Wednesday, September 26, 2012

"As you wish..."

Yesterday was the 25th anniversary of "The Princess Bride". Written by William Goldman and directed by Rob Reiner, it has become a classic film, remaining as lovable and current as the day it opened a quarter of a century ago.
As You Wish: Little-Known Facts About The Princess Bride on Its 25th Anniversary
But this is a hard film to appreciate properly in words. It is eminently quotable, but that doesn't explain why it's funny. It has all the action a fantasy film could ask for, but how that action manages to ride so easily alongside wit and whimsy is a thesis all its own. It's heartwarming without pandering to us, which is rare enough in a fairytale, but barely touches why we root for Buttercup and Westley to the very end.

Grandpa: [voiceover] Nothing gave Buttercup as much pleasure as ordering Westley around.
Buttercup: Farm boy, polish my horse's saddle. I want to see my face shining in it by morning.
Westley: As you wish.
Grandpa: [voiceover] "As you wish" was all he ever said to her.
Buttercup: Farm boy, fill these with water - please.
Westley: As you wish.
Grandpa: [voiceover] That day, she was amazed to discover that when he was saying "As you wish", what he meant was, "I love you." And even more amazing was the day she realized she truly loved him back.
Buttercup: Farm boy... fetch me that pitcher.
[It's right over her head, so he has to stand next to her]
Westley: As you wish.
[Cut to them kissing]
The Grandson: [interrupting] Hold it, hold it. What is this? Are you trying to trick me? Where's the sports?
The Grandson: Is this a kissing book?
Grandpa: Wait, just wait.
The Grandson: Well, when does it get good?
Grandpa: Keep your shirt on, and let me read.


  1. A quarter of a century. Incon.... Well you know the rest of it.

  2. I remember being in an elevator at the University of Washington summer of '88 with a number of other folks taking a music class where we had just watched "Sunday in the Park with George", with Mandy Patinkin. We scared a few other students I think when the door opened just as we were all finishing chanting, in unison, at an increasing volume "My name is Inigo Montoya. You killed my father. Prepare to die!"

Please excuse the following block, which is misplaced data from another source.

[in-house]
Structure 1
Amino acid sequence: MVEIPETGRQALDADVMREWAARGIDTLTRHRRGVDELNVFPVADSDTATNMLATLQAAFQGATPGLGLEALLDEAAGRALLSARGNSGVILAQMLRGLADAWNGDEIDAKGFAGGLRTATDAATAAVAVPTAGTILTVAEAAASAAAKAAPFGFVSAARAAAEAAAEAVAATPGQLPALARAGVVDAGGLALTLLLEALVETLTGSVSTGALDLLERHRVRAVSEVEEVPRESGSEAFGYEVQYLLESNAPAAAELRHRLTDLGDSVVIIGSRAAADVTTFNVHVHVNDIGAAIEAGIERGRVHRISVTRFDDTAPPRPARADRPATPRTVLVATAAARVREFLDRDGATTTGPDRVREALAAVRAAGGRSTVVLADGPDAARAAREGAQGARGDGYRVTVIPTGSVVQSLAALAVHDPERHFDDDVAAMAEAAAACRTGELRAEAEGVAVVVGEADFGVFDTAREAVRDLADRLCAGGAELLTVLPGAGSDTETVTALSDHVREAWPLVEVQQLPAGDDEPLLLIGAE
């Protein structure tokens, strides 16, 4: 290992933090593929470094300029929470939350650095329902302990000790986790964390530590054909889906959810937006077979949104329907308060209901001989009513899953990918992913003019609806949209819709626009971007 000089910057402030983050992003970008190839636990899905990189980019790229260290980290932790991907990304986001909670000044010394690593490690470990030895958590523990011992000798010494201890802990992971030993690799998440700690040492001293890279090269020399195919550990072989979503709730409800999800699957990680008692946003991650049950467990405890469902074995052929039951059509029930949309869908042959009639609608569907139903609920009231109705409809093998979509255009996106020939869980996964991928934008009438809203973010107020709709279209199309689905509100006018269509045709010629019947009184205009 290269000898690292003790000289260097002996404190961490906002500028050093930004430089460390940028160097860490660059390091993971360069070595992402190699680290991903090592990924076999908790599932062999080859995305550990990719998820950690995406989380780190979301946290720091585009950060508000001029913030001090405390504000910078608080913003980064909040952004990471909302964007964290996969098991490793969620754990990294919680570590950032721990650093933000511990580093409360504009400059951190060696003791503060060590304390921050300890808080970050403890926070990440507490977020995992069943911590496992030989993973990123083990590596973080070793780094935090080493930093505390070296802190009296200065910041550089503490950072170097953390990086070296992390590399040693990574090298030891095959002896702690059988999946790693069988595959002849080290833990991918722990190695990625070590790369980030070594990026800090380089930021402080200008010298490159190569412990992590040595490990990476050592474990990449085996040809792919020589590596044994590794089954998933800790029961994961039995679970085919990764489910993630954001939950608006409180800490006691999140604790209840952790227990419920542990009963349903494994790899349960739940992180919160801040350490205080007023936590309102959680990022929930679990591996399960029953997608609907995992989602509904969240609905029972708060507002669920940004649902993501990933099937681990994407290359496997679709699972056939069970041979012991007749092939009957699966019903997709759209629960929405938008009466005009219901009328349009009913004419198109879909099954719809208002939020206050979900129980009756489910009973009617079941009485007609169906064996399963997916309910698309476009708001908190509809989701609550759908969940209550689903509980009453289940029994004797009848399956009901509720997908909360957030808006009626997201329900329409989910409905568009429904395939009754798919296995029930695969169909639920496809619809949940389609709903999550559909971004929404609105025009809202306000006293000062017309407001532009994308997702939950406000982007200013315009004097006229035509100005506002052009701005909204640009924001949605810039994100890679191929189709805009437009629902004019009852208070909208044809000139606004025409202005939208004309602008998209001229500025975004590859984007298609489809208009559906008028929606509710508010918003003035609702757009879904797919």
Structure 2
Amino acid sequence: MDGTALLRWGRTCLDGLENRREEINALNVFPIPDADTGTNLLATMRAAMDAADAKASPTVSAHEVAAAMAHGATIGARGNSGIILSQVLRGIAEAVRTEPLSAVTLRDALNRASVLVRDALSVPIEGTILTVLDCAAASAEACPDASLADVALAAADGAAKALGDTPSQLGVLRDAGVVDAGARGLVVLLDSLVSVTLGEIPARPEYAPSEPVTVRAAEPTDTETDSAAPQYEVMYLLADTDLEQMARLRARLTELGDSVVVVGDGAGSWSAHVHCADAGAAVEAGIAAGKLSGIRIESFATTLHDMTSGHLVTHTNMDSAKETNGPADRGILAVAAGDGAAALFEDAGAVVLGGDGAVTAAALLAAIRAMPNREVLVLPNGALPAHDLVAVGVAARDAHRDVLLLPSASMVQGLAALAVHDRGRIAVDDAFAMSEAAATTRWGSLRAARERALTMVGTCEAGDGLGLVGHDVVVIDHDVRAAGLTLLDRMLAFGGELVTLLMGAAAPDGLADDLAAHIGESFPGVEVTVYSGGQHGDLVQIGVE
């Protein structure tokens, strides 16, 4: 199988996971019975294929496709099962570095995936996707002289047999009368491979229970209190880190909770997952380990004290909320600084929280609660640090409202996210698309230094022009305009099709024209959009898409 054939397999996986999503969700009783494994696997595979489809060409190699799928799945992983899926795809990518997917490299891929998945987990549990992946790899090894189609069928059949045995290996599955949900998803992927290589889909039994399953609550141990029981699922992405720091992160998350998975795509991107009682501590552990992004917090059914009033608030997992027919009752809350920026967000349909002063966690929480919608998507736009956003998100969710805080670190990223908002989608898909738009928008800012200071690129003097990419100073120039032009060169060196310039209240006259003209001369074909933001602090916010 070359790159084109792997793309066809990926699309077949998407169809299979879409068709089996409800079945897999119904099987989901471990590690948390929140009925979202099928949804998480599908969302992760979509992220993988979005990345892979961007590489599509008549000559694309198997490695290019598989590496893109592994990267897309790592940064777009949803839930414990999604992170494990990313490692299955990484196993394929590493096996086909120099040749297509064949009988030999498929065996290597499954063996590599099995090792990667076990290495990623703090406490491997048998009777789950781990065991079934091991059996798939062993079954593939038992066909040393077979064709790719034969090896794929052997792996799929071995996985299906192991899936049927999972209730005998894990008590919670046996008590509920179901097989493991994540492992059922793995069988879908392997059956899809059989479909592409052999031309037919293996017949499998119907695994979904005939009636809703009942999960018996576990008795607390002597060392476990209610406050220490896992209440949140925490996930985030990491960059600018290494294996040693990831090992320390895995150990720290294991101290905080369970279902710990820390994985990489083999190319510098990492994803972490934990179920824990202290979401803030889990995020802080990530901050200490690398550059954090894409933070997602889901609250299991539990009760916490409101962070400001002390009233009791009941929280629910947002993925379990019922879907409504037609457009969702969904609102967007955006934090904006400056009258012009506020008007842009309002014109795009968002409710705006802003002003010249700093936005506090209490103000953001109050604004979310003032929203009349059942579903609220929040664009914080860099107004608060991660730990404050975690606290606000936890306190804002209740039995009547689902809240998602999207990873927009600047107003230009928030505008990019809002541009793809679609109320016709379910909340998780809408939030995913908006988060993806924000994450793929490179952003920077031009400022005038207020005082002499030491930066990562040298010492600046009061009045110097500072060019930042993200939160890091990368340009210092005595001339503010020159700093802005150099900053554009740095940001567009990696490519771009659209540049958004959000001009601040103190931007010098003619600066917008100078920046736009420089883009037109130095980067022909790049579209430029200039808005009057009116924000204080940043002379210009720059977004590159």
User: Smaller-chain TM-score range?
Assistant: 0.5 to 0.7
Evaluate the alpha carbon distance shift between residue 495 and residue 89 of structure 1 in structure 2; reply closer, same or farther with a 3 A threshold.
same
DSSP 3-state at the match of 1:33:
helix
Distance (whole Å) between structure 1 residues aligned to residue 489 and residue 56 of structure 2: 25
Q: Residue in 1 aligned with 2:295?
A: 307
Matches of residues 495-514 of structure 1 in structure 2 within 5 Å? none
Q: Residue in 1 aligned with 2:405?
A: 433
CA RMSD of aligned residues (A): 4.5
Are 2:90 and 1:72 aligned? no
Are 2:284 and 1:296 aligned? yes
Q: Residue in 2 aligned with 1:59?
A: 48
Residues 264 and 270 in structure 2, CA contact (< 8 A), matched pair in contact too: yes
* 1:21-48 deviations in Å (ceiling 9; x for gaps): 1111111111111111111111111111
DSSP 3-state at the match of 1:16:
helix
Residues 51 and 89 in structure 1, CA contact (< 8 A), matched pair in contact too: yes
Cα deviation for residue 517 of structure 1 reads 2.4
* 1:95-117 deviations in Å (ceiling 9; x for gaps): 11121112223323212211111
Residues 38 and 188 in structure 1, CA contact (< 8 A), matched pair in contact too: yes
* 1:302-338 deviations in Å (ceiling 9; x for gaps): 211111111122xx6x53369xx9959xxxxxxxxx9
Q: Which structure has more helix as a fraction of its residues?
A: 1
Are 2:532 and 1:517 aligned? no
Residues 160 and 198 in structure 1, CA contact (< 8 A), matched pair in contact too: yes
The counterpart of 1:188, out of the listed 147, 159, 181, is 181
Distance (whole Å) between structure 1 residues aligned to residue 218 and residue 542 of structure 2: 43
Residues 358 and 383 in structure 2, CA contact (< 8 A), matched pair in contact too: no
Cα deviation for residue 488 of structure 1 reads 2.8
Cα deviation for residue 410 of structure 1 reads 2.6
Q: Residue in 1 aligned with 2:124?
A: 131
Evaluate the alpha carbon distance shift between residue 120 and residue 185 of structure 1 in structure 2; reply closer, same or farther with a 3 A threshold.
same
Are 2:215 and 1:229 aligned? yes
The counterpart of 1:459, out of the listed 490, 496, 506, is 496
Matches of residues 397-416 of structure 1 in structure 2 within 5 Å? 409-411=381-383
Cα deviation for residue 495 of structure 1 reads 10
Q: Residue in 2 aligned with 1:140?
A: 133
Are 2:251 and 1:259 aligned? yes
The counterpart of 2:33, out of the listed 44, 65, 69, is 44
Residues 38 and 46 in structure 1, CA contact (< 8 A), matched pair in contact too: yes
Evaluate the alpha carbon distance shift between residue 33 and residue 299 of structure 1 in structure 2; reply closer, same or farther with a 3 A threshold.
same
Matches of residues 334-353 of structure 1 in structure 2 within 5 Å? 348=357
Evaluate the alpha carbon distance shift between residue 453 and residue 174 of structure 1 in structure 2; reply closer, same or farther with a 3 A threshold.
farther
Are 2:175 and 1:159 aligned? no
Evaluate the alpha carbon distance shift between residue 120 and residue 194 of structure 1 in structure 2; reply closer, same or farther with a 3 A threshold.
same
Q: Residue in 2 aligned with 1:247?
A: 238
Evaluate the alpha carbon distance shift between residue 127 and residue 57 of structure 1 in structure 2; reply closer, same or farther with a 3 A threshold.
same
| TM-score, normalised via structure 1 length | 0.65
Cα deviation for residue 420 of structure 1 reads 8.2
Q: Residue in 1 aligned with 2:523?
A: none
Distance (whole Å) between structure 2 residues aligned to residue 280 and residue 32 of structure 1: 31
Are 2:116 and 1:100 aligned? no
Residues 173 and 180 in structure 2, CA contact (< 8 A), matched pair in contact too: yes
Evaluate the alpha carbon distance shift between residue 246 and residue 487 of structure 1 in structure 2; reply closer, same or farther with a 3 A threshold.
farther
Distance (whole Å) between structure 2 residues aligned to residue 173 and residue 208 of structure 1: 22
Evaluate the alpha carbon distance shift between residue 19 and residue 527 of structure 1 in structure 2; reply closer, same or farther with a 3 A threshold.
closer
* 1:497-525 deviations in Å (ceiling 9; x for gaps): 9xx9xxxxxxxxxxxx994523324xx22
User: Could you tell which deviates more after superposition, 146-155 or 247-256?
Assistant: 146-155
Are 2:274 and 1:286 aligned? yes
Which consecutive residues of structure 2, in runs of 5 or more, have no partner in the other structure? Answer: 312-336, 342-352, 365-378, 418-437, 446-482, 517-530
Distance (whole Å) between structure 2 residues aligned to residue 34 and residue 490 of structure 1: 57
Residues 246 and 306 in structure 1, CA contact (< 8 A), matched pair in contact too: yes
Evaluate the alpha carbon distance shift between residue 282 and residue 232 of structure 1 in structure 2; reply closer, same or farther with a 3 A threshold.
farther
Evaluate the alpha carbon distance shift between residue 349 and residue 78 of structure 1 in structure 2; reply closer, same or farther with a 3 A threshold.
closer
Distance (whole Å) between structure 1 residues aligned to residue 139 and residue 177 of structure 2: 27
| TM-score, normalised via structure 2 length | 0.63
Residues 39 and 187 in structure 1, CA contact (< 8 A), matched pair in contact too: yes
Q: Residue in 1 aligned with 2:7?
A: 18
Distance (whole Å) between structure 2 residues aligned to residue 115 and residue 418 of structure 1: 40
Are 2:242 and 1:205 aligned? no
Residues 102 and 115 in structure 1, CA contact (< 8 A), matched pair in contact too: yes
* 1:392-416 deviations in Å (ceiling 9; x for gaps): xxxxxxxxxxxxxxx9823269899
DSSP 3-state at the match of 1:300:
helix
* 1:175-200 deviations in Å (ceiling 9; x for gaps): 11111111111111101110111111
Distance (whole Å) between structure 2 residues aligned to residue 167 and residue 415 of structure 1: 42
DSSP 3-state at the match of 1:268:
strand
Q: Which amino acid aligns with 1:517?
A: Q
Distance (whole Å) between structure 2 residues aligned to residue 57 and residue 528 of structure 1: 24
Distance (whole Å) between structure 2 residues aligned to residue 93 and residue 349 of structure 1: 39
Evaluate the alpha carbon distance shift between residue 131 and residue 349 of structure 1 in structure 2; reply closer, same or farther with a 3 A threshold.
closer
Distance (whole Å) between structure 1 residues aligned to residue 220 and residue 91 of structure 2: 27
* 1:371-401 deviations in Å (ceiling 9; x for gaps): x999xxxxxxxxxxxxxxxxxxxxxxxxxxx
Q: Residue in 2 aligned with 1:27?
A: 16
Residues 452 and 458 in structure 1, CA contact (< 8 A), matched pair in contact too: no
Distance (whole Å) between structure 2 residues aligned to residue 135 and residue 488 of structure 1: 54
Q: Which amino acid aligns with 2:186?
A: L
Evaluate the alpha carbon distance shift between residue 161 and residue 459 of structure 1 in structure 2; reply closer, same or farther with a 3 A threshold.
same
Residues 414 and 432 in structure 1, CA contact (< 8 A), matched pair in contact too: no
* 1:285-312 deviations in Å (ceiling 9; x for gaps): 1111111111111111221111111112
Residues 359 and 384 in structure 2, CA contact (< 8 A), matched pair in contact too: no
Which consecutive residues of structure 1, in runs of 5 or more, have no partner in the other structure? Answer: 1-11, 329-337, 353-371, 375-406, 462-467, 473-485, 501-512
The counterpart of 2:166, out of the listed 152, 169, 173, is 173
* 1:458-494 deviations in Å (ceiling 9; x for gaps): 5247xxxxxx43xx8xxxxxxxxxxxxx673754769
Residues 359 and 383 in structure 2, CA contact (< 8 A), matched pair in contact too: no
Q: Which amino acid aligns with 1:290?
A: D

1. HAHA! I would certainly be looking to duck if I heard "Prepare to die!" coming from the opening door of an elevator.

  3. My wife and I just watched it this weekend. I didn't even realize this is an anniversary, cool. There has always been one line that presses my sentimental button. When Grandpa answers his grandson's last request with an "As you wish." and a loving gleam in his eye.

    I think it's magic is rooted in the themes and the treatment of those themes. Any sentimentalist will be caught by the 'true love' love story just as many non-sentamentalists would be turned off by it. Then they treat it in such an off hand manner in so many instances, it catches that anti-sentamentalist and holds them too. It does the same thing in most of the scenes about a number of topics, catching both sides in the level of seriousness and whimsy with which it treats the topic, from kissing, to fencing, to politics.

    If you think about it, the Prince picked a girl of his kingdom to pretend to love so he can murder her to start a war. How could that surround a comedy? Yet even he is human. "Try ruling the world sometime."

    1. I think you nailed it, Tuerqas. The way it effortlessly embraces the tenderness of emotions like devotion, loyalty, honor, sacrifice, steadfastness while light-heartedly poking fun at the nasty little failures of ego that we all are prone to is inspired.

      I just love this movie. It never gets old. Well, it's 25 years now...but it's still as fresh as a daisy...or should I say, Buttercup? HAHAHAHAHA!

    2. YES! Yes you should!
      "You mean, you drop your rock and I drop my sword, and we try to kill each other like civilized people? Somehow, I think the odds are slightly in your favor."